How Sharp Is Your Lens?
How does one obtain an edge in investing? While Peter Lynch – the manager of the storied Fidelity Magellan Fund – once said that “the person that turns over the most rocks wins the game”, is it possible for one to gain an advantage from analysing the same information that other market participants possess? The answer is absolutely.
There are two parts to obtaining an investing edge: (i) get better information than other investors (without venturing into the realm of insider trading, which is illegal); and (ii) analyse the same information that other investors have and extract better insights.
While turning over the most rocks is a critical part of the research process, and one that the global team follows rigorously, it’s an interesting thought experiment to examine the role of information analysis, as opposed to information collection, in generating alpha (i.e., investment outperformance).
We all view information through a unique lens, coloured by preconceived notions that are a result of our prior experiences. As important as objectivity and impartiality are when investing, two respected investors will seldom reach the exact same conclusion when analysing a set of facts.
This dynamic creates opportunity, as an investor can bring to a given piece of information a framework and set of background knowledge that is superior to other investors, and in doing so can create an investing advantage for themselves.
The premise of this advantage is that information needs to be analysed in some way before it is fed into the decision-making process, and that not all analysis is created equal. It brings to mind the pithy quote by Clifford Stoll, the American astronomer: “Data is not information, information is not knowledge, knowledge is not understanding, understanding is not wisdom.” For some, data will remain data; but sustainable investing outperformance is generated when data can be converted into both understanding and wisdom.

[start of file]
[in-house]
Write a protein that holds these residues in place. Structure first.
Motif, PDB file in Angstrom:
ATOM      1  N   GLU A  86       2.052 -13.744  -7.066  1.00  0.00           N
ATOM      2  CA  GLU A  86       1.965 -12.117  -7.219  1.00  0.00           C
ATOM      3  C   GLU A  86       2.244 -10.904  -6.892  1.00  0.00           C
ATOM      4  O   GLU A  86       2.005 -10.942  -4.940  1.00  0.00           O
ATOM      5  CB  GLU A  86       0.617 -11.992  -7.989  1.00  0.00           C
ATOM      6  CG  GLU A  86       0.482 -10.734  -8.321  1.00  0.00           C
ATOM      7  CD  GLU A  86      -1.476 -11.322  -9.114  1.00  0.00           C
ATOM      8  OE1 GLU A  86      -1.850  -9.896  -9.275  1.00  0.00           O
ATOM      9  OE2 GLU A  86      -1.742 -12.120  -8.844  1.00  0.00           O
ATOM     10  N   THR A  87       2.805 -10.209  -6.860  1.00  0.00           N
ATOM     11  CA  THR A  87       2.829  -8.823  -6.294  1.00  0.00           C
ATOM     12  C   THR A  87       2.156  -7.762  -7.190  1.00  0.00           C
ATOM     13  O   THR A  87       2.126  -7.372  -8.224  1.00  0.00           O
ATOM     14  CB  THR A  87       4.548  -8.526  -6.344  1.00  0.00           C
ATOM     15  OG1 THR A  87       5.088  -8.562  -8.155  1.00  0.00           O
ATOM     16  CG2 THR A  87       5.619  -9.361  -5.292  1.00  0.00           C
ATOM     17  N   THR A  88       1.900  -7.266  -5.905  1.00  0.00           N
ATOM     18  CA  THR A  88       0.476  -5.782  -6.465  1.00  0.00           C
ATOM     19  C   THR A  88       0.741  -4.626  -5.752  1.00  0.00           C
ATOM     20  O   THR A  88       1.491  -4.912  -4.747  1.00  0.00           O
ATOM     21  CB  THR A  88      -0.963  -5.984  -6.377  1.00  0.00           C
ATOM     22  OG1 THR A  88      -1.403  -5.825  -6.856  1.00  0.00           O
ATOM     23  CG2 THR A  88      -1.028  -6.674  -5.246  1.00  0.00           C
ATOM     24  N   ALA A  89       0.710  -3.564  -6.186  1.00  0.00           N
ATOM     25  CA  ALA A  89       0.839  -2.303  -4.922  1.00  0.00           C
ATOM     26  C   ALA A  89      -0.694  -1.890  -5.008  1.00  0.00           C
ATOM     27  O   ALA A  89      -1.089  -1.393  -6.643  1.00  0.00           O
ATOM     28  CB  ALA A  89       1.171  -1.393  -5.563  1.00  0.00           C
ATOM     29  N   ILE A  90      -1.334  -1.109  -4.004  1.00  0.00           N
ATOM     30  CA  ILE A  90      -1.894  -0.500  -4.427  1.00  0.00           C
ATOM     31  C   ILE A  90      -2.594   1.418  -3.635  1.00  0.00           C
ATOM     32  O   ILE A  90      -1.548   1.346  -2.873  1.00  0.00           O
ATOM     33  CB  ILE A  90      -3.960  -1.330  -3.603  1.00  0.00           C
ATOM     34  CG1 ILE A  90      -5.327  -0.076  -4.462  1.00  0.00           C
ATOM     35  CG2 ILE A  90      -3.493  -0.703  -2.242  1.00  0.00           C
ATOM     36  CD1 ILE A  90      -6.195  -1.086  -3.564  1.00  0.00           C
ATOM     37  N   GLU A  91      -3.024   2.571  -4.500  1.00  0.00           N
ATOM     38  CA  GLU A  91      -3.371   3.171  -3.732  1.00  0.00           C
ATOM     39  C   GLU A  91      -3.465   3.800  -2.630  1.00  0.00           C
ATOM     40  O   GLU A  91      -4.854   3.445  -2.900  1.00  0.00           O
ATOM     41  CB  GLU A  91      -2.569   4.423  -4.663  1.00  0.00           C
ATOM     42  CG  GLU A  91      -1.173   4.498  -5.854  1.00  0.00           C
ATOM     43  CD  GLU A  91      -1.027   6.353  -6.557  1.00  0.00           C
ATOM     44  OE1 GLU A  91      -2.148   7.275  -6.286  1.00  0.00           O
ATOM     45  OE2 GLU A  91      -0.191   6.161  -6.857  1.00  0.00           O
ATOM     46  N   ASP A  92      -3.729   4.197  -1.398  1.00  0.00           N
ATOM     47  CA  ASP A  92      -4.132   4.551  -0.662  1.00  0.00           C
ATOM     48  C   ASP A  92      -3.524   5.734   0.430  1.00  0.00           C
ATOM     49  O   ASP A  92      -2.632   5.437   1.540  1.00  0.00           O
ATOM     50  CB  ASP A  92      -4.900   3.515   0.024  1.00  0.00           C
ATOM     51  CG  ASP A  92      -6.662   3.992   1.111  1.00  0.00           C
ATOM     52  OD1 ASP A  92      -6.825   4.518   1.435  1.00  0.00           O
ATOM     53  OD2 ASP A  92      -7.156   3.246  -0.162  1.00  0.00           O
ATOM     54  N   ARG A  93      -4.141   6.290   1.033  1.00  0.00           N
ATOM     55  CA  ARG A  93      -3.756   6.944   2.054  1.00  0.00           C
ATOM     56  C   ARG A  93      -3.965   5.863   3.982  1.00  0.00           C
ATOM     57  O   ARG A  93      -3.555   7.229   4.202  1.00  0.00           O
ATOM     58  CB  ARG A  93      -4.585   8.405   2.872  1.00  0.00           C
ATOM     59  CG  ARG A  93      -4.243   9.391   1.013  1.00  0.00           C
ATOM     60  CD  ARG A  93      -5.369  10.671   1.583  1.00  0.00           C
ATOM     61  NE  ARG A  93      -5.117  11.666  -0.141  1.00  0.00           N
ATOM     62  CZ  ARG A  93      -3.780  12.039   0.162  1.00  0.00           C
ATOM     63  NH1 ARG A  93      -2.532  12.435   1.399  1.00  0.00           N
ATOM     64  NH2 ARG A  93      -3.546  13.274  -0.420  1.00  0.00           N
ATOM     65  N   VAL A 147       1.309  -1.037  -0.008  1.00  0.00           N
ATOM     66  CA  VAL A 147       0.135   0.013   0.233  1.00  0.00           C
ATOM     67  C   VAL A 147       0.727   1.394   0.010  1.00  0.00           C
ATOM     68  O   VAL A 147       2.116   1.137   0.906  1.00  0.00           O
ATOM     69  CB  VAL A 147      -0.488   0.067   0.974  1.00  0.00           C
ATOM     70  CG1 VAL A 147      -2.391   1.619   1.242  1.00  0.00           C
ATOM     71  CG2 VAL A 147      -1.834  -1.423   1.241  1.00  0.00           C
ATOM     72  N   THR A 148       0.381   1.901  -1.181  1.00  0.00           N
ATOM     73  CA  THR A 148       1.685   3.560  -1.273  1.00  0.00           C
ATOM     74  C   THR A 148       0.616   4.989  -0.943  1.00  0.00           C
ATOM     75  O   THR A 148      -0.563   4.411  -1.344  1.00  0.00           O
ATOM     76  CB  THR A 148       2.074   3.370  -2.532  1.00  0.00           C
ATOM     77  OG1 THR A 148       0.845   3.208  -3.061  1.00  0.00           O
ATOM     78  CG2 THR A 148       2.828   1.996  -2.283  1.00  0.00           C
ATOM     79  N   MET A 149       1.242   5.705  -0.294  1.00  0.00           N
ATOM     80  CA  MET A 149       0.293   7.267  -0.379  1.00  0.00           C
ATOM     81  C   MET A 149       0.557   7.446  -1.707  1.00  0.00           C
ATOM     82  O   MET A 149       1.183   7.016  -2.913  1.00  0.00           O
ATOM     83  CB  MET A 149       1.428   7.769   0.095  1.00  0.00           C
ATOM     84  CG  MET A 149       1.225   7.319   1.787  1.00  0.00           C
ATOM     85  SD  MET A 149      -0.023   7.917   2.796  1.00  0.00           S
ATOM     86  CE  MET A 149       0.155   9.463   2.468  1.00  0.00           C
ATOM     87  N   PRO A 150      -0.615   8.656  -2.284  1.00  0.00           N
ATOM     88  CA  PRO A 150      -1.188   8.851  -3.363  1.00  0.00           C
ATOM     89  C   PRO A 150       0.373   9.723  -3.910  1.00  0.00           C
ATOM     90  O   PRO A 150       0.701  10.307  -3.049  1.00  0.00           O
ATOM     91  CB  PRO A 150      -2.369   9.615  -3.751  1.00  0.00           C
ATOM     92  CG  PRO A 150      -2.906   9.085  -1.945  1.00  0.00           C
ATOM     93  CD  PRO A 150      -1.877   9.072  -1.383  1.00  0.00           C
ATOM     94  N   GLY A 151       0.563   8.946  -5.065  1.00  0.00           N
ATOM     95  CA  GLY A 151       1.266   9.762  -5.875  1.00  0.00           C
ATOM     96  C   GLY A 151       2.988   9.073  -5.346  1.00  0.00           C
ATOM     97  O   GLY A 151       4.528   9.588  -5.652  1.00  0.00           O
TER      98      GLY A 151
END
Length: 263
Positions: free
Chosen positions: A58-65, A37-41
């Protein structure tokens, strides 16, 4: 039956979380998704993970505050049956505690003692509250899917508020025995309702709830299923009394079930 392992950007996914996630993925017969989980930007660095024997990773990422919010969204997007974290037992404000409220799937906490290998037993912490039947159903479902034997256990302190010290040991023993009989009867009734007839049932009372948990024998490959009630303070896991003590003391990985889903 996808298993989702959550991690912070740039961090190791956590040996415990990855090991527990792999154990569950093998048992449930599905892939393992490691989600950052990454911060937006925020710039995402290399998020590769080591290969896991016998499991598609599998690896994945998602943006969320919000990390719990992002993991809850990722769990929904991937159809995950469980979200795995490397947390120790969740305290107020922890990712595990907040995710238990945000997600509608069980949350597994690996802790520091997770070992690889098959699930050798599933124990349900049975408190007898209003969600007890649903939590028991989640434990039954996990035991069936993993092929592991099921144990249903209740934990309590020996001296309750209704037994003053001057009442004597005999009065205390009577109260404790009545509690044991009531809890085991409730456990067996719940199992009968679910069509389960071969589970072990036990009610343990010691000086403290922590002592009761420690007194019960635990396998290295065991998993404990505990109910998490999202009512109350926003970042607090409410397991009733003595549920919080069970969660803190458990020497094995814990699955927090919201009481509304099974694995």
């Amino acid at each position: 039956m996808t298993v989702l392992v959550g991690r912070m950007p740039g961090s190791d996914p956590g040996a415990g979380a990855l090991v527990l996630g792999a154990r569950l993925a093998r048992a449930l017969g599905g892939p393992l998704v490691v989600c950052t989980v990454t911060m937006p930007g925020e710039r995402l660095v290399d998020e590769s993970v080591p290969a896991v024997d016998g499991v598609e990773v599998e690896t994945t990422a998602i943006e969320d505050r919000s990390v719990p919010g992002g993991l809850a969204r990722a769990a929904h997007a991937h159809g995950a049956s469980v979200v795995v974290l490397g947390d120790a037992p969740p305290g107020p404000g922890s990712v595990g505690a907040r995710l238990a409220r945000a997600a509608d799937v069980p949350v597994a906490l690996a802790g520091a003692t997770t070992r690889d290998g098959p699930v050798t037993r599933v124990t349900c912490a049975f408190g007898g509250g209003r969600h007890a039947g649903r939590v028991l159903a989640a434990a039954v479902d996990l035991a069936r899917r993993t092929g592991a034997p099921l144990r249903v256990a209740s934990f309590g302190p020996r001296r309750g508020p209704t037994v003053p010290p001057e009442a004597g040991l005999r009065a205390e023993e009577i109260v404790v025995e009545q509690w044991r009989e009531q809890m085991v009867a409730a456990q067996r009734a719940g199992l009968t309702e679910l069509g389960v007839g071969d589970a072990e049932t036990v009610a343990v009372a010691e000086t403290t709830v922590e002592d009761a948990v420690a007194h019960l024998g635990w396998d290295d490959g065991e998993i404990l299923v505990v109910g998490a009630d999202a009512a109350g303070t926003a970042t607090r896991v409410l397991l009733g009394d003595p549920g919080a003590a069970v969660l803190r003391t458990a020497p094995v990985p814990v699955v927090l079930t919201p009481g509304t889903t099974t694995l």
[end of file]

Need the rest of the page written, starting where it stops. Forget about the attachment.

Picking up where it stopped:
Having a sound investing framework, and remaining faithful to that framework through market cycles, can be a source of investment advantage when looking at pieces of information.
Let’s consider a stock with a P/E ratio of 25x. An investor whose valuation framework solely considers the P/E ratios of stocks, let’s call him Investor A, might conclude that a P/E of 25x is expensive, as there are many other stocks trading at P/Es of 10x which represent much better opportunities for profit.
However, another investor with a more sophisticated framework, Investor B, may look at the enormous growth rates of this business, the high returns on incremental capital, and conclude that on a cash flow basis, the stock is dirt cheap. While both investors had access to the exact same information in the company’s Annual Report, the pieces of information utilised by Investor B were simply of no use to Investor A. In other words, they did not form part of Investor A’s investment process and were thus ignored; he was only able to see the seemingly high P/E ratio of this stock. By virtue of his inferior investing framework, he passed up a veritable opportunity to profit.
The global team follows a thoughtful and proven value investing mantra that seeks to invest in high quality businesses that are trading for less than they are worth. However, we are also cognisant of the importance of a robust investing framework in analysing information and producing superior investment outcomes.
We thus convene to reflect deeply on our investment framework and whether there are areas that can be improved. We can confidently say that our investment framework continues to evolve by incorporating the insights and learnings each year brings. We seek to remain diligent in applying this framework to protect and grow the capital of our clients.